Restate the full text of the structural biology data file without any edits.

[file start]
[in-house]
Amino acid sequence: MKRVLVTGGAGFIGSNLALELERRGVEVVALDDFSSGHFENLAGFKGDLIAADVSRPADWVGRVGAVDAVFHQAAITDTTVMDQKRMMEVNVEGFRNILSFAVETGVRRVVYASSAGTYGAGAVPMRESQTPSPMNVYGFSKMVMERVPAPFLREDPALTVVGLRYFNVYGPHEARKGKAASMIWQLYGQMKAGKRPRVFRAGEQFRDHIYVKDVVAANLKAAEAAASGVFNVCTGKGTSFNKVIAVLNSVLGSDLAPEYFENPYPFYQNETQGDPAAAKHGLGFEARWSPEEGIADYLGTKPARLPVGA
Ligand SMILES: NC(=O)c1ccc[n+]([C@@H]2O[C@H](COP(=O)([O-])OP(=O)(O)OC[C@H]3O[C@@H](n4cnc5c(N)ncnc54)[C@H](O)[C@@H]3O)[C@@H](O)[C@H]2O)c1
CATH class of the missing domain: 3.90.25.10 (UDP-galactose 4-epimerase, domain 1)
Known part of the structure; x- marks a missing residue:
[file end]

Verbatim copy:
[in-house]
Amino acid sequence: MKRVLVTGGAGFIGSNLALELERRGVEVVALDDFSSGHFENLAGFKGDLIAADVSRPADWVGRVGAVDAVFHQAAITDTTVMDQKRMMEVNVEGFRNILSFAVETGVRRVVYASSAGTYGAGAVPMRESQTPSPMNVYGFSKMVMERVPAPFLREDPALTVVGLRYFNVYGPHEARKGKAASMIWQLYGQMKAGKRPRVFRAGEQFRDHIYVKDVVAANLKAAEAAASGVFNVCTGKGTSFNKVIAVLNSVLGSDLAPEYFENPYPFYQNETQGDPAAAKHGLGFEARWSPEEGIADYLGTKPARLPVGA
Ligand SMILES: NC(=O)c1ccc[n+]([C@@H]2O[C@H](COP(=O)([O-])OP(=O)(O)OC[C@H]3O[C@@H](n4cnc5c(N)ncnc54)[C@H](O)[C@@H]3O)[C@@H](O)[C@H]2O)c1
CATH class of the missing domain: 3.90.25.10 (UDP-galactose 4-epimerase, domain 1)
Known part of the structure; x- marks a missing residue: